The River Killers by Bruce Burrows

The River Killers

byBruce Burrows

Kobo ebook | September 15, 2011

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Danny Swanson, Department of Fisheries and Oceans employee and ex-fisherman, isn’t exactly upset when he’s reassigned from a desk job in Ottawa to an at-sea job on the West Coast. His superiors think they’re punishing him for his indiscretions, but Danny is pleased to be back on the Pacific, reconnecting with his old fishing buddies. Revisiting his past life, though, is trolling up some old memories, including a troubling incident from ten years ago, when Danny and his crew pulled up a deformed fish. It was young Billy who decided to bring the odd creature to the DFO in Vancouver for examination. Billy and the fish were never seen again. Now, Danny’s buddy is on his mind when he stumbles across a photo of the fish in the DFO databases, and suddenly, Danny can’t let Billy’s disappearance get swept under the rug.

With the help of RCMP Sergeant Louise Karavchuk, Danny starts hauling old histories to the surface and delving into what he starts to believe may be a massive conspiracy. Who can Danny trust in his search for the truth? The organized, well-dressed officials of the DFO? Or his somewhat rowdy and rough-around-the-edges fishing buddies from the past?

Title:The River KillersFormat:Kobo ebookPublished:September 15, 2011Publisher:TouchWood EditionsLanguage:English

The following ISBNs are associated with this title:

ISBN - 10:1926971574

ISBN - 13:9781926971575

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Rated 5 out of 5 by from A Sinister Plot on BC's Wild Western Seacoast Former fisherman, commercial diver, and lately at-sea observer, Bruce Burrows makes a big splash with his first novel. From page one, the reader is plunged into the fascinating and perilous world of Canada’s fishery. As a student, Danny Swanson worked on the British Columbia boats to earn his university tuition. One fateful and nearly forgotten moment would prove significant: “By this time we were all sweating from the effort of pulling the brailler though the bag of fish, lifting and swinging it over the hatch…. We were starting to shed our hot and smelly raingear, setting into a rhythm and abandoning ourselves to the wet and slime. It was probably about the seventy-fifth brailler that we noticed the strange fish….It was twice the size of a normal sockeye, and misshapen.” Now, years later, Danny works for the Department of Fisheries and knows all the insider jokes and frustrations of the bloated and hypocritical bureaucracy managing one of the world’s most successful renewable resources. His indiscretions and insistence of putting people over politics leads to his “exile” on the west coast, north Vancouver Island, a wild and breathtaking part of the country seen by a privileged few. He’s supposed to be organizing the opening of the roe herring fishery, a brief but lucrative interaction more complicated that one would suppose. And Danny couldn’t be more pleased to be back among fisherman friends and smelling the salt sea instead of the Ottawa smog. Problem is, an old scientist friend who’d been living on the coast hermit-style has been found dead in an apparent suicide due to depression. Danny thinks back to a time years ago when they worked together. When the season ended, a young man off the boat disappeared, never to be found. They had just found a mutant salmon, which the fisherman was taking for examination to officials in Vancouver. Neither one was ever seen again. Salmon stocks are the lifeblood of the province and world famous for their wild-fish nutrients and safety. Was the monster fish an anomaly or part of a sinister plot? The RCMP becomes mildly interested in the hermit’s death once Danny pleads his case, and Danny becomes the semi-official liaison of an attractive young female officer, Louise Karavchuk. Together they examine the “suicide,” which took place in a houseboat moored miles from civilization. With conservative Louise using the RCMP investigation channels and more impetuous Danny filling in the fishing lore, they make a great combination. Yet evil forces, even at powerful high levels, will stop at nothing to keep the past where it belongs and make the most of the present and future. Big international money is at stake far beyond the realm of the fish supply. Danny has a self-deprecating sense of humour which keeps him bobbing to the top despite extraordinary challenges. Louise plays an excellent straight man, by times furious when he oversteps his bounds, then rushing to his bedside. The final actor in this play is the ocean itself, with its breathtaking scenery and valiant people who ply its waters. The balance of nature is precarious, and all bets are off when man intrudes. The tasty salmon species may go the way of the eastern cod if guardians like Danny aren’t there to protect Canada’s treasure.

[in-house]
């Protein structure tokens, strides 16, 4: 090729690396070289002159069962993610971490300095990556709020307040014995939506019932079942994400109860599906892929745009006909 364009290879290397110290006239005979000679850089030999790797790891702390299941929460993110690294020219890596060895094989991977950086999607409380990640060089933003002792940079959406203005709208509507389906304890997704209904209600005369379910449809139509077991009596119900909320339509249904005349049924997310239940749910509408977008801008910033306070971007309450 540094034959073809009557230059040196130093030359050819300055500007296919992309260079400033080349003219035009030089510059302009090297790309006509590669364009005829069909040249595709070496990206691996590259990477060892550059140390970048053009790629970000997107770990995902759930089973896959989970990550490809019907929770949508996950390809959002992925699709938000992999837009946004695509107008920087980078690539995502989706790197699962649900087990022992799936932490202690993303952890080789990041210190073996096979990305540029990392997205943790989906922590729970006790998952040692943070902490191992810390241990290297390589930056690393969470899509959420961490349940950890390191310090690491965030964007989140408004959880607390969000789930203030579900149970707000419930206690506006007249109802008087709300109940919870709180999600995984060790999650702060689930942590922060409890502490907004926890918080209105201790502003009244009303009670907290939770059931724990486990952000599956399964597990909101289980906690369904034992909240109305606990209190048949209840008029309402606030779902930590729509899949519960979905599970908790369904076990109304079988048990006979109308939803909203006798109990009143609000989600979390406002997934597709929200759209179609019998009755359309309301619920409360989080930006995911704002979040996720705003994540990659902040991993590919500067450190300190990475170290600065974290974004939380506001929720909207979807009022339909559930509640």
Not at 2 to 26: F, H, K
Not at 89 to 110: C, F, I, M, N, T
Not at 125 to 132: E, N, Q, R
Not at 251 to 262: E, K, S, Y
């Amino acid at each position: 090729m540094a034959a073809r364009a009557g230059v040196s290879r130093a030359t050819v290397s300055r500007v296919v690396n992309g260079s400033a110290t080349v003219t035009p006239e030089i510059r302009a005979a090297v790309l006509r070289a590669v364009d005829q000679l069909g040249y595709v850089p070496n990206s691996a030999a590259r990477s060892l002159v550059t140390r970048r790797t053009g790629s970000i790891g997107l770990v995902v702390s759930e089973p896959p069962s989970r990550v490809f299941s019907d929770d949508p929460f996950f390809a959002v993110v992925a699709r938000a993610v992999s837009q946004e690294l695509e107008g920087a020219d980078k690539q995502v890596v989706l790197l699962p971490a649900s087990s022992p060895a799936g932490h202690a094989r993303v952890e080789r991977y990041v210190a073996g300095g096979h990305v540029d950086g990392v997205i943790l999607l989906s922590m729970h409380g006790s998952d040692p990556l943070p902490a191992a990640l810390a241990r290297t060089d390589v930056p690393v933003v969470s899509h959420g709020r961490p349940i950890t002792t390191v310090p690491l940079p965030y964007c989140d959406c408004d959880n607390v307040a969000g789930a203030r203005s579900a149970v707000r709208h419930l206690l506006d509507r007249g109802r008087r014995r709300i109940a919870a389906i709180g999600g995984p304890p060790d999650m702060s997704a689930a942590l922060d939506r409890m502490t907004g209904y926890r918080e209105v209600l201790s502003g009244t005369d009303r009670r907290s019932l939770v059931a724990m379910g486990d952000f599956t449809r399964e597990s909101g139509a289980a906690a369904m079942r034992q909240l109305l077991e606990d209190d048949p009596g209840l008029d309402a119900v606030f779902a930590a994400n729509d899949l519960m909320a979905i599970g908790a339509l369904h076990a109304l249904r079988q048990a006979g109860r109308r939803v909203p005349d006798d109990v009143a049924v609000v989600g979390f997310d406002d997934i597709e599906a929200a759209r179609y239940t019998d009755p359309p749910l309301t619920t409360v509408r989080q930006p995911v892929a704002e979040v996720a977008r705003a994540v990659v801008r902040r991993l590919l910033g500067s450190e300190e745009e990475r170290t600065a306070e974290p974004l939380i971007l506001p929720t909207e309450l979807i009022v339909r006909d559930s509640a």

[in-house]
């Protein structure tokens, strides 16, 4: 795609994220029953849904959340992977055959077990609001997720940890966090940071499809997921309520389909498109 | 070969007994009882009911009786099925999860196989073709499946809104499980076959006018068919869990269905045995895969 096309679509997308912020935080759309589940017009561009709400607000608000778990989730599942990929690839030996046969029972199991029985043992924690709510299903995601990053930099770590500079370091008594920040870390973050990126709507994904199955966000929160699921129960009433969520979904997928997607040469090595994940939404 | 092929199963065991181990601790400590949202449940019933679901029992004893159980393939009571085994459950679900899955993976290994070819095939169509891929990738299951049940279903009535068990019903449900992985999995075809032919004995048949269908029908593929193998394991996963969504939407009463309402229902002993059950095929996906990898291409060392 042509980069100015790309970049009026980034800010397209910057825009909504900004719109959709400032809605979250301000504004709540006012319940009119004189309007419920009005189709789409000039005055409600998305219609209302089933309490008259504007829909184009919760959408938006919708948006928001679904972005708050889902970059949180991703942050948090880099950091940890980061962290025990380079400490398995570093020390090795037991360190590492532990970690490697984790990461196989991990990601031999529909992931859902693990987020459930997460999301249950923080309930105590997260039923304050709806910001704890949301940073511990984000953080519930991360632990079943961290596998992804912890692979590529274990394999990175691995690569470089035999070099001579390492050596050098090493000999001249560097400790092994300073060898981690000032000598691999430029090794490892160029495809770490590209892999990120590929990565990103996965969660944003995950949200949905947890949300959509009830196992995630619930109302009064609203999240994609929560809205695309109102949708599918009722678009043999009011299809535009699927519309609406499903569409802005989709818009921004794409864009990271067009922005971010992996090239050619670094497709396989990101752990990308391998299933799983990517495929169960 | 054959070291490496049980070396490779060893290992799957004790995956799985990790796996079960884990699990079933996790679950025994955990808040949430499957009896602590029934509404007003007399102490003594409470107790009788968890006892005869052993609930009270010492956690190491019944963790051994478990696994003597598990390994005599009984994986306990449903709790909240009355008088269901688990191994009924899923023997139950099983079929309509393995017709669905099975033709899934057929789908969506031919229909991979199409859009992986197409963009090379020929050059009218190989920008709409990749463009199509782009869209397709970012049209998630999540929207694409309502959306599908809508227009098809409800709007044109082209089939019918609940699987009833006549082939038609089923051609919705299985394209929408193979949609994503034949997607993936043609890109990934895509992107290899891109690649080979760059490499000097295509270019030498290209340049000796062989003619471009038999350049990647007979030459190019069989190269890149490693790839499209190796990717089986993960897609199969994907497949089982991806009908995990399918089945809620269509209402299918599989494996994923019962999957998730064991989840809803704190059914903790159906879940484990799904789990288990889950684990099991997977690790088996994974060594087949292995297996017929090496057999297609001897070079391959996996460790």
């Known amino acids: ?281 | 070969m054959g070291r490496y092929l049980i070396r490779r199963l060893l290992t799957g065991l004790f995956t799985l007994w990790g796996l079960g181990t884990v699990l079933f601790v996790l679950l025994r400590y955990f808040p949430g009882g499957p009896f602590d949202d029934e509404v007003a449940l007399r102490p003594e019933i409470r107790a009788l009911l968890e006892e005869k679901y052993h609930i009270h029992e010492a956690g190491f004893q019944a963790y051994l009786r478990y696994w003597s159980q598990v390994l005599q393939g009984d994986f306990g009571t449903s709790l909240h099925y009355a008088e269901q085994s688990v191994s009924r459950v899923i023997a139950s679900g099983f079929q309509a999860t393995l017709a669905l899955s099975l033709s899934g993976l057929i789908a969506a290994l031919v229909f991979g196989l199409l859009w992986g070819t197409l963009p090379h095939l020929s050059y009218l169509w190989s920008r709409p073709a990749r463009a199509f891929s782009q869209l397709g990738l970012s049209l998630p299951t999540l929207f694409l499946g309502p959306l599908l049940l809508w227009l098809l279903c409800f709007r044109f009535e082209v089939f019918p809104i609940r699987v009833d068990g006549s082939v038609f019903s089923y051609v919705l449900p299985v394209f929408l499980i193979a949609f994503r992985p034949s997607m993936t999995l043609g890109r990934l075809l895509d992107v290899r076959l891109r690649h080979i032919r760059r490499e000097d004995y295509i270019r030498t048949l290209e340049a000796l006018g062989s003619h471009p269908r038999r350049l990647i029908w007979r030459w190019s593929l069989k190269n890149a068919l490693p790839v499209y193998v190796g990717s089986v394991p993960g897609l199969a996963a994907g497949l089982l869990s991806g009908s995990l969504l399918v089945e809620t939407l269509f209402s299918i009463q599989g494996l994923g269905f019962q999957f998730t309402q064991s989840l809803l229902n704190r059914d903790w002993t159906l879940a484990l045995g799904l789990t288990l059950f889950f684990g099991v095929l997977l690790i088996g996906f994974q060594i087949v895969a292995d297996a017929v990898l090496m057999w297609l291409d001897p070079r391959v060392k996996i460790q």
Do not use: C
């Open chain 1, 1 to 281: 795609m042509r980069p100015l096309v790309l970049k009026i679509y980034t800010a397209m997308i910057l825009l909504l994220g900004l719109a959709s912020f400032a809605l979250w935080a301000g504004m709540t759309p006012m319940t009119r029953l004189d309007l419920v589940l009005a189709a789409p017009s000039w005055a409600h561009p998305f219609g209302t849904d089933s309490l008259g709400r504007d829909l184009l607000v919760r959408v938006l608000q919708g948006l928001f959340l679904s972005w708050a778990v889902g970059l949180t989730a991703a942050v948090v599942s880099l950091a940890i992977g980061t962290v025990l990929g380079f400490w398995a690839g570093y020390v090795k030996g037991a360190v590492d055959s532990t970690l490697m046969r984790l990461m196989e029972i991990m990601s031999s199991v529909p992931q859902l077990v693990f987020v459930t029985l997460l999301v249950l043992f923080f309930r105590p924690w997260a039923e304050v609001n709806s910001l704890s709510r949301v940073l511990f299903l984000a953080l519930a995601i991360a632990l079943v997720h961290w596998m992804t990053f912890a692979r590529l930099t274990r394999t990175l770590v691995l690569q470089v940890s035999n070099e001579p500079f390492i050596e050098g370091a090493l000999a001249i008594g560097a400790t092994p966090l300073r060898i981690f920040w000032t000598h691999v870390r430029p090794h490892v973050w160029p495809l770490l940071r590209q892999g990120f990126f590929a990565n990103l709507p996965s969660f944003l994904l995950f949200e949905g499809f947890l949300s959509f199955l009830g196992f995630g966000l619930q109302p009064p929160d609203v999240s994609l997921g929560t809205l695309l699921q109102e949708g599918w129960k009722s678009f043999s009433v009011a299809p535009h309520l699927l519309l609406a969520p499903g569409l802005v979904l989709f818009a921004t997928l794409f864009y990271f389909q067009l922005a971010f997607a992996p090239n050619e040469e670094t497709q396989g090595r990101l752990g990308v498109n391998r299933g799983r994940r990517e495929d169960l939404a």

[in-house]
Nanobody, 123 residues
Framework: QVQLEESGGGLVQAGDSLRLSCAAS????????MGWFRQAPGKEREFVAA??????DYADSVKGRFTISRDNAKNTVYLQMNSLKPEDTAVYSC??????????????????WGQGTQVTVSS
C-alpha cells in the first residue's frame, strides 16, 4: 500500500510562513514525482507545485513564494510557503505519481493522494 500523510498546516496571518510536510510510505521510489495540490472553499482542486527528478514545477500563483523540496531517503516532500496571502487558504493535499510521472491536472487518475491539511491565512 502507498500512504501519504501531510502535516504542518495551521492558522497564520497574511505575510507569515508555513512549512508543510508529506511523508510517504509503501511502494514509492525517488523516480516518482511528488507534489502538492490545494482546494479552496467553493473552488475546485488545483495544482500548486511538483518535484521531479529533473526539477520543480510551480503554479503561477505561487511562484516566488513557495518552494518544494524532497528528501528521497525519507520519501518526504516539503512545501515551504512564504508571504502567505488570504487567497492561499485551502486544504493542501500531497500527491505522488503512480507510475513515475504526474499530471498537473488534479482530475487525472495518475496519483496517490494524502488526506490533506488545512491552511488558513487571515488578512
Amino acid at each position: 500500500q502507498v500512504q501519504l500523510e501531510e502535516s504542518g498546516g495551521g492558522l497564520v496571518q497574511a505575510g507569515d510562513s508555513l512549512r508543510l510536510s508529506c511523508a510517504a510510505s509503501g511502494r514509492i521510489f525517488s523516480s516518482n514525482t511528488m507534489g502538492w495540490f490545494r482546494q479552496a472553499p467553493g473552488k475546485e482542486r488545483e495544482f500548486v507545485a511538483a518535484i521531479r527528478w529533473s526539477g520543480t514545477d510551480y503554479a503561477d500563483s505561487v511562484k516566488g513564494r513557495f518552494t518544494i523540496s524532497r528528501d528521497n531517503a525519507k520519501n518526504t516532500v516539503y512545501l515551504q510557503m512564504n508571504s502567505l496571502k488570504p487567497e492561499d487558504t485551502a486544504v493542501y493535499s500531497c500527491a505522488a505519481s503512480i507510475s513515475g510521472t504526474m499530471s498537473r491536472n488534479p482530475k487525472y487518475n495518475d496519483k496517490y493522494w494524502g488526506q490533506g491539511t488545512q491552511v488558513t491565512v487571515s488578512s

Date published: 2011-08-23